The Raptors pulled out a tough 101-94 battle at TD Garden a month ago.
“At the end of the day people struggle with them because they are really good,” Celtics coach Brad Stevens told reporters on Monday about why his team hasn’t found much success against the Raptors.
“(Kyle) Lowry and (DeMar) DeRozan are outstanding players.”
It bears mentioning, though, that Celtics scoring and assist leader Isaiah Thomas had to miss the first meeting of this season due to injury and that the meetings between the two rivals are usually tight affairs.
This time around, Boston will have the red-hot Thomas in the lineup, but fellow backcourt starter Avery Bradley, an excellent two-way player, has been ruled out due to an Achilles injury.
One thing the Raptors didn’t do at all well the entire game was deal with the traps the Rockets threw at them, specifically DeRozan and Lowry, who were aggressively double-teamed constantly.
There had to be half a dozen times that I remember when they were forced to throw bad crosscourt passes just to get out of corner double-teams and at least two of them resulted in bad turnovers and what Casey refers to as “jail breaks” for easy layups.
Those are the kind of live-ball turnovers that can be crippling in shifting momentum in games or keeping runs going and there were far too many among the 19 turnovers the Raptors had last night.
While all of these factors can make sense of why the Raptors are struggling of late, the team isn’t particularly special in that regard—fatigue and injuries are a reality every team in the NBA must deal with.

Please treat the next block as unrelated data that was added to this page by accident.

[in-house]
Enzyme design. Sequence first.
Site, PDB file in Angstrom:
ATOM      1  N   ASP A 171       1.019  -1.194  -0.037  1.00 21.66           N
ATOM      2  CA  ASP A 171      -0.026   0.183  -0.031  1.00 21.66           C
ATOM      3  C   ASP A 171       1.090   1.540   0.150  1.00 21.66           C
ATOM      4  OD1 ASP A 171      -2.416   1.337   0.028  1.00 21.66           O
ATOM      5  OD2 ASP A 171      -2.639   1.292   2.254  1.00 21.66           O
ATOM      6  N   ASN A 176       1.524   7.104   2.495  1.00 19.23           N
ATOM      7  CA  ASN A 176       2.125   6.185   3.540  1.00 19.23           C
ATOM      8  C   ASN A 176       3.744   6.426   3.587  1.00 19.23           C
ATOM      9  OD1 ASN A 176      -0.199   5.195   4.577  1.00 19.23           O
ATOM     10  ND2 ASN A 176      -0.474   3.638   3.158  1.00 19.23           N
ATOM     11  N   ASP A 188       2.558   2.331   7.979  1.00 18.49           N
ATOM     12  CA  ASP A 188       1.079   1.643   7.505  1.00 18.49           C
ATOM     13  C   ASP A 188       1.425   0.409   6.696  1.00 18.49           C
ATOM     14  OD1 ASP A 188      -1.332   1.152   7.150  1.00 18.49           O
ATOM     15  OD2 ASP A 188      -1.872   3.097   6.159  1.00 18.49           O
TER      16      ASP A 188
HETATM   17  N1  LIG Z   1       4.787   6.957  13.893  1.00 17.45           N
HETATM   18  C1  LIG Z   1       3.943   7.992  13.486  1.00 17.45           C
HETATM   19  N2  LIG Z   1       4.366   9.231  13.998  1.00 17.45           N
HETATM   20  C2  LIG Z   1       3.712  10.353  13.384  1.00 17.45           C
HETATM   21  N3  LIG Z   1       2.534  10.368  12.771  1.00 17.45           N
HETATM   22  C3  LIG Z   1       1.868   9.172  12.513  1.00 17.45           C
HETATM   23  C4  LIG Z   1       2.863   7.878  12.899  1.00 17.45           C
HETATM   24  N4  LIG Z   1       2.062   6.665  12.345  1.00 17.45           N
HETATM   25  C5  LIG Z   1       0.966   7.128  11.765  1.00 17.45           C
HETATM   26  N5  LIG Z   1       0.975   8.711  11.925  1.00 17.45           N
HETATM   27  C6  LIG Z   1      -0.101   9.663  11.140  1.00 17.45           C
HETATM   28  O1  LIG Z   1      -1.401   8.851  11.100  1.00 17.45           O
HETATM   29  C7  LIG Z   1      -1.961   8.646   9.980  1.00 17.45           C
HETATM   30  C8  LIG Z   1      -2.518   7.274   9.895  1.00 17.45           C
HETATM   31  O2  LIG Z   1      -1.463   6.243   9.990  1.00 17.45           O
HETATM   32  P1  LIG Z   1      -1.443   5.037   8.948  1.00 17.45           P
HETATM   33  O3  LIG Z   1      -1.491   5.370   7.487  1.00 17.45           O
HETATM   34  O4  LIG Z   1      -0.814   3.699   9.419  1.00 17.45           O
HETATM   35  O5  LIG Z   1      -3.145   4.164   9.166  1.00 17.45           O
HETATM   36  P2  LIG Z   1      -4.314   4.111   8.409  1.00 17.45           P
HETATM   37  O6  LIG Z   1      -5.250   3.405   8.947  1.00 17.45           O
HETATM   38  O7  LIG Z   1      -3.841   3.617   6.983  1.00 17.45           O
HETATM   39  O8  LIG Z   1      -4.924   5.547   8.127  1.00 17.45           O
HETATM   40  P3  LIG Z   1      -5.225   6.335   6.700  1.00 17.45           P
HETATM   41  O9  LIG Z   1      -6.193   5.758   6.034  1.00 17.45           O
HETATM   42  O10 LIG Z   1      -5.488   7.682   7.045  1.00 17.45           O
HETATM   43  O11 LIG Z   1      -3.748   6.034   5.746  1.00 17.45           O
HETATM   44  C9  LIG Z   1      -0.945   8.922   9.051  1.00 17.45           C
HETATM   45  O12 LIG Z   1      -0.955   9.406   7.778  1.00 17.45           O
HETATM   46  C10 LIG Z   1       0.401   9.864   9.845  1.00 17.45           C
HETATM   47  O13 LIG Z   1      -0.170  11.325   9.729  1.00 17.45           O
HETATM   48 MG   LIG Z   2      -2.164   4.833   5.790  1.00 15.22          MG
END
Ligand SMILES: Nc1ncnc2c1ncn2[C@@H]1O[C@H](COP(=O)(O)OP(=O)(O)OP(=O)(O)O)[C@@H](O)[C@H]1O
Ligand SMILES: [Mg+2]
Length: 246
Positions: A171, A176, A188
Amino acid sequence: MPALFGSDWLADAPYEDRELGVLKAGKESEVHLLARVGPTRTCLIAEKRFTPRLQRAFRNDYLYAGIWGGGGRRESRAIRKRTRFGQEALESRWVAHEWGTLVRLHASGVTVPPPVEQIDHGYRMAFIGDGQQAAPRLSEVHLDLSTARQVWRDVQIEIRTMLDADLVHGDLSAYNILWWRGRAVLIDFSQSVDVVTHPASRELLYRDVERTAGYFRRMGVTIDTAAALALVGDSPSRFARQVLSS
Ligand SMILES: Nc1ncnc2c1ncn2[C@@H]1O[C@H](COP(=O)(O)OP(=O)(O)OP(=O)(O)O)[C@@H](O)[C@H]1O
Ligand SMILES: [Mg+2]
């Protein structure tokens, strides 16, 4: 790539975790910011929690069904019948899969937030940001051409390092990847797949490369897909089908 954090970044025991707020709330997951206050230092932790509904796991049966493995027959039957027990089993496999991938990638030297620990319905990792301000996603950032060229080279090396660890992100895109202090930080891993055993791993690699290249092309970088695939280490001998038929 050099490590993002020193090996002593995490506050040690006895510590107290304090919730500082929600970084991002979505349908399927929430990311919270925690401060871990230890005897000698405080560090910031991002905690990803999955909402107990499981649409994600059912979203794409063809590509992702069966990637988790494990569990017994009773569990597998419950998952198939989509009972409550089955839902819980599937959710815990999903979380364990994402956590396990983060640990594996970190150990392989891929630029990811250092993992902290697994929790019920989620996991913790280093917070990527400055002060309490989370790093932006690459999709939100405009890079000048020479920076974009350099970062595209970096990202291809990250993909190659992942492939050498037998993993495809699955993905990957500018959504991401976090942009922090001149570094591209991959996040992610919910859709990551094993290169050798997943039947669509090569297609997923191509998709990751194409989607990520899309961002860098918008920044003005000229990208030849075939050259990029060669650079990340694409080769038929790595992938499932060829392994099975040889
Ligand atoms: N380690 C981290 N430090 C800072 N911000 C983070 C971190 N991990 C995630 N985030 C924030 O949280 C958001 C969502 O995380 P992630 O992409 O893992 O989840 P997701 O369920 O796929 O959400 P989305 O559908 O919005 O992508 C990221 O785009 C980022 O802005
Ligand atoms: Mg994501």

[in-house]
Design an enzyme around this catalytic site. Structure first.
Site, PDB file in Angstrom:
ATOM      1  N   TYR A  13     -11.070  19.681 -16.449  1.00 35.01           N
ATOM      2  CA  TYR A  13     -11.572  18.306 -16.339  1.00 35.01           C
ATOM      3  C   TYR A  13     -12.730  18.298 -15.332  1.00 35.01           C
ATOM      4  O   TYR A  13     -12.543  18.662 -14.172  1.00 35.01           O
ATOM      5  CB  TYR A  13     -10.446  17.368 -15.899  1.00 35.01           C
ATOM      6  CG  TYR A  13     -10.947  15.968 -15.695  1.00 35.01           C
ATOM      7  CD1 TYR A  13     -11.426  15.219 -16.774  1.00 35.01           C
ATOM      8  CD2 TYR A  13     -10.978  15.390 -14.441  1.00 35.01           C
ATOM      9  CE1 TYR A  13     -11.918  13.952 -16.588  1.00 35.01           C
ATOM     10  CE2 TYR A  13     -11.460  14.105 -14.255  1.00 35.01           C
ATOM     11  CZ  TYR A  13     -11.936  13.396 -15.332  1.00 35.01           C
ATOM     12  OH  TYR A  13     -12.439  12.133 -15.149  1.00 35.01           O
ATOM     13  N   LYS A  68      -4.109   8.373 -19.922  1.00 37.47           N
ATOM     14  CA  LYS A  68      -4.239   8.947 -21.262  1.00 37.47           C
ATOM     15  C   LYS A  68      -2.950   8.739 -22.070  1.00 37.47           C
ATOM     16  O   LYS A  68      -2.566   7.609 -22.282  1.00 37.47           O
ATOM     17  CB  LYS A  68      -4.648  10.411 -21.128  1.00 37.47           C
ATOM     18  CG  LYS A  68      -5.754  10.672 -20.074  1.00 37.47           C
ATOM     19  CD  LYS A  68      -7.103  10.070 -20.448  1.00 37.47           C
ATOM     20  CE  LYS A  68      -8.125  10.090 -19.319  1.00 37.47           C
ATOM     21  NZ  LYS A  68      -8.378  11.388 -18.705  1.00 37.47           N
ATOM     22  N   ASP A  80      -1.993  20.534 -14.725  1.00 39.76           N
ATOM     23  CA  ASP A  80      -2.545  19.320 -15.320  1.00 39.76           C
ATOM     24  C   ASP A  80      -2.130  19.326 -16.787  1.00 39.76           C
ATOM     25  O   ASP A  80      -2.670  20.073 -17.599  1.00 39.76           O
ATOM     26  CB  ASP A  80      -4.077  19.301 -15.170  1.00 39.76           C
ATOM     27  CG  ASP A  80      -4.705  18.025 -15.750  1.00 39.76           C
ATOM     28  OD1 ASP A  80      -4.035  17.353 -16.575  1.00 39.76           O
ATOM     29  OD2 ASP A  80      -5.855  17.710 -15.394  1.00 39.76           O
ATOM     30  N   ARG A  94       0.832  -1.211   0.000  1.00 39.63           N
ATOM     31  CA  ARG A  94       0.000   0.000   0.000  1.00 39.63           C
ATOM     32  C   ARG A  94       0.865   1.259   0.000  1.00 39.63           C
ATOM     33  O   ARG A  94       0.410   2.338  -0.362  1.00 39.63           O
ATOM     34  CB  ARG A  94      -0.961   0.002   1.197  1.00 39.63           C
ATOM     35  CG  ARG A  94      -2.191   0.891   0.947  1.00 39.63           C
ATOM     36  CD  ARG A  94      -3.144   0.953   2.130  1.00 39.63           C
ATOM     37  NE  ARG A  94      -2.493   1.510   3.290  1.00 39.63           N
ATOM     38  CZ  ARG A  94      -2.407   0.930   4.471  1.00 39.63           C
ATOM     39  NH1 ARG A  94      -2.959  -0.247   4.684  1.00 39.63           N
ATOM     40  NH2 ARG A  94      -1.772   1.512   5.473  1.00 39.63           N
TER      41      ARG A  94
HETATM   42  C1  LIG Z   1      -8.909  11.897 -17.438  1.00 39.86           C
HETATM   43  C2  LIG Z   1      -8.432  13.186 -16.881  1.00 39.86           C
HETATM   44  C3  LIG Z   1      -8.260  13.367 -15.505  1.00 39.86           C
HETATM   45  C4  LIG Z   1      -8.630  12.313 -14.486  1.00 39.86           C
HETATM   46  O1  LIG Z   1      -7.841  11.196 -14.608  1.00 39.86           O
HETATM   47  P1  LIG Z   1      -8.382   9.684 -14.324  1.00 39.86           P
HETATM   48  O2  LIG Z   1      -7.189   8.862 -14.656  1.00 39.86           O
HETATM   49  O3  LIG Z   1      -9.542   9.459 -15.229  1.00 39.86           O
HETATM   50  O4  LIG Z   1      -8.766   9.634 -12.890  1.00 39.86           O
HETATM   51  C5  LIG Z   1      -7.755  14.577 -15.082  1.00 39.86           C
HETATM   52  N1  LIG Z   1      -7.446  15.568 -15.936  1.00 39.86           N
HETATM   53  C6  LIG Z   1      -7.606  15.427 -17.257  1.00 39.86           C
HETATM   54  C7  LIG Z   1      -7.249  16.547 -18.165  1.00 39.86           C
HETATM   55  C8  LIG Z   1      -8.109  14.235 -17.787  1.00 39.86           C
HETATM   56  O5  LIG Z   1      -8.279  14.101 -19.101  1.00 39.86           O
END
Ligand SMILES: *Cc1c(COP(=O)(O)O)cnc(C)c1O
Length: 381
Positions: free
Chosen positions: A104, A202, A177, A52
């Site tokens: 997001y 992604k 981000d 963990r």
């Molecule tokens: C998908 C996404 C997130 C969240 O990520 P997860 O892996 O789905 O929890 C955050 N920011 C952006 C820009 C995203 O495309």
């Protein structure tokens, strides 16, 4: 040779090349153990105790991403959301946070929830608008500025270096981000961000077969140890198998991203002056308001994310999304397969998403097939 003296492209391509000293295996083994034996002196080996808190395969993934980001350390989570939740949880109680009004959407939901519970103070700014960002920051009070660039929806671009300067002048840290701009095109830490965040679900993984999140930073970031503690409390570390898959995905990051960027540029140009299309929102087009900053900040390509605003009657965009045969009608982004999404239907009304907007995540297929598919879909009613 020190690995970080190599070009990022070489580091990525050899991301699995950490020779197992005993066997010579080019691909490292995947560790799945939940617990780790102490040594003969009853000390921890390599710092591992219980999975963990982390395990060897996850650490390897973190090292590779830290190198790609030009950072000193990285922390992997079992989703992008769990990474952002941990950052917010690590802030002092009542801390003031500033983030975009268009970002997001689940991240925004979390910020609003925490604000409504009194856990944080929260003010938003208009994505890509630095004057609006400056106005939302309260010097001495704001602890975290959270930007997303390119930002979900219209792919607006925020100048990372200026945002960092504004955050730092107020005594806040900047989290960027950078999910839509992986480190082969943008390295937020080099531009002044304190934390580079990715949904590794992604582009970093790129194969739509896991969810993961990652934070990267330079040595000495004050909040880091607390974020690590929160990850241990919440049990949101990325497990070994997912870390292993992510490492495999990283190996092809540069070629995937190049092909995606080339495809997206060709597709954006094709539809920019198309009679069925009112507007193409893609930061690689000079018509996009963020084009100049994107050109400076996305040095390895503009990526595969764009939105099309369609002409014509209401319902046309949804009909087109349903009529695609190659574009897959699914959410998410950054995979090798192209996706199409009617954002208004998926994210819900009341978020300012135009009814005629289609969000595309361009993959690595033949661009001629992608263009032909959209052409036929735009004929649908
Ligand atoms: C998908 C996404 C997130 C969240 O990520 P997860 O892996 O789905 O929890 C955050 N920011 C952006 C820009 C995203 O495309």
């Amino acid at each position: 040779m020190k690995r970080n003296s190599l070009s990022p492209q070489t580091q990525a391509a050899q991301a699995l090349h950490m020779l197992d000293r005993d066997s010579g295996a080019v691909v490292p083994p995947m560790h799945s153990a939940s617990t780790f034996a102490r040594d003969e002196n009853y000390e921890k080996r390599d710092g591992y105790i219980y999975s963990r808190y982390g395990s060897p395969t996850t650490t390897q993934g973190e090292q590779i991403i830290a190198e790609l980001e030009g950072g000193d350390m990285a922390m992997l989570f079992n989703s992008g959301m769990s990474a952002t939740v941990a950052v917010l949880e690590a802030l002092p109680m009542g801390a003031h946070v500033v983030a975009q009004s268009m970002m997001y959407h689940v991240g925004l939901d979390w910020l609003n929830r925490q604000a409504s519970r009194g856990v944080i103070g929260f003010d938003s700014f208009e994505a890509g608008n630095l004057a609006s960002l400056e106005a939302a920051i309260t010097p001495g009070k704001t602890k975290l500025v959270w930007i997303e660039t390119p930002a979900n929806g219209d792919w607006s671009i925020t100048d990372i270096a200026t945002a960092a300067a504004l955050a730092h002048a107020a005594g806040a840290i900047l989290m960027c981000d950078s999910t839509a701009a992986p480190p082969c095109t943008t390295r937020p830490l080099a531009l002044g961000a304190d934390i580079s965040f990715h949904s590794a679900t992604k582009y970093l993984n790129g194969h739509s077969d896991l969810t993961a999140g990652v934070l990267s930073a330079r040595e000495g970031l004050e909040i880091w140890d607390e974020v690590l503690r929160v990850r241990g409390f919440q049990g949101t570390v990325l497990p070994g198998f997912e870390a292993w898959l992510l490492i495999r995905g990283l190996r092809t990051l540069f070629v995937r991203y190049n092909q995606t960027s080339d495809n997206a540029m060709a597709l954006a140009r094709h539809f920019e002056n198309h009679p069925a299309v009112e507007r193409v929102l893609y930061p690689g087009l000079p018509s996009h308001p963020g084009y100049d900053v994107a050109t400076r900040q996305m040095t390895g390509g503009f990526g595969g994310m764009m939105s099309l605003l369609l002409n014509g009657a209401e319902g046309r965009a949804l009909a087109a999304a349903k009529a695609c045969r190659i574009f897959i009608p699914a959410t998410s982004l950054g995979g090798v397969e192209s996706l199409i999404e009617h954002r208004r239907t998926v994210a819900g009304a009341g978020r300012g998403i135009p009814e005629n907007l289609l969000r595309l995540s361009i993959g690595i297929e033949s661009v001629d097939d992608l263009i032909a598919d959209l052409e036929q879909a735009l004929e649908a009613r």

The fact of the matter is, as has been the case all season, the Raptors’ defence simply hasn’t been good enough. Exhaustion and the injury to Patterson have slowed down the Raptors’ offence a little bit and that’s been the primary reason why they’ve been losing more consistently.
Toronto still relies far too much on its offence, and this seven-game span has once again exposed the concerning reality that if they are unable to continue posting NBA-leading offensive efficiency numbers on a night-to-night basis, then they’re going to lose.
The past 12 games have featured some high quality wins over very solid teams like the Memphis Grizzlies (twice) and Utah Jazz. On the other hand, Boston fell to the defending champion Cavaliers (that still sounds weird). In fact, this season they have yet to win a game against the six teams that are currently ahead of them in the standings.
They can change that on Tuesday when they fly north of the border to play the Raptors. If they win that game they’ll be tied with Toronto for second place in the East.
When the season kicked off, many had the Celtics ahead of the Raptors in their season projections (though admittedly, most had them roughly on the same tier). After a slow start it appears that the Celtics are who we thought they were, just in a different way than we thought they would (using offense instead of defense). We’ll see how they fare against the Raptors and how the rest of the season plays out.